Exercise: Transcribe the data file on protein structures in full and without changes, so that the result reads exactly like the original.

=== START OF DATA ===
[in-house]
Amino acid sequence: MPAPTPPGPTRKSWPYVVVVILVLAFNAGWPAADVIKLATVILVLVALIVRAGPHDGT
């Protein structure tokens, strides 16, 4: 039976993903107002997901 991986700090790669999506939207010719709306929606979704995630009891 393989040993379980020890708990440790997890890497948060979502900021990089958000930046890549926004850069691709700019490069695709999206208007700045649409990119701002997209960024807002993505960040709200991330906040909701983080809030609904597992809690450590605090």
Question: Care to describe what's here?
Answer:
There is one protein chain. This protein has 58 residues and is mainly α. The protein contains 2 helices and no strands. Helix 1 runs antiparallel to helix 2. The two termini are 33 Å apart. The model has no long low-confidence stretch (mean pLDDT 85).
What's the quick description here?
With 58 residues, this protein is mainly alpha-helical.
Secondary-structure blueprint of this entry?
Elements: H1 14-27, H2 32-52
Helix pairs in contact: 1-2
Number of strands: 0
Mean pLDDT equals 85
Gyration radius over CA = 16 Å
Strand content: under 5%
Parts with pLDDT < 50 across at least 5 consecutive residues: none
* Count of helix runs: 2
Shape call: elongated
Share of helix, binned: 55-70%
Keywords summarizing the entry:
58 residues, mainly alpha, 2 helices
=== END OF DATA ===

[in-house]
Amino acid sequence: MPAPTPPGPTRKSWPYVVVVILVLAFNAGWPAADVIKLATVILVLVALIVRAGPHDGT
């Protein structure tokens, strides 16, 4: 039976993903107002997901 991986700090790669999506939207010719709306929606979704995630009891 393989040993379980020890708990440790997890890497948060979502900021990089958000930046890549926004850069691709700019490069695709999206208007700045649409990119701002997209960024807002993505960040709200991330906040909701983080809030609904597992809690450590605090």
Question: Care to describe what's here?
Answer:
There is one protein chain. This protein has 58 residues and is mainly α. The protein contains 2 helices and no strands. Helix 1 runs antiparallel to helix 2. The two termini are 33 Å apart. The model has no long low-confidence stretch (mean pLDDT 85).
What's the quick description here?
With 58 residues, this protein is mainly alpha-helical.
Secondary-structure blueprint of this entry?
Elements: H1 14-27, H2 32-52
Helix pairs in contact: 1-2
Number of strands: 0
Mean pLDDT equals 85
Gyration radius over CA = 16 Å
Strand content: under 5%
Parts with pLDDT < 50 across at least 5 consecutive residues: none
* Count of helix runs: 2
Shape call: elongated
Share of helix, binned: 55-70%
Keywords summarizing the entry:
58 residues, mainly alpha, 2 helices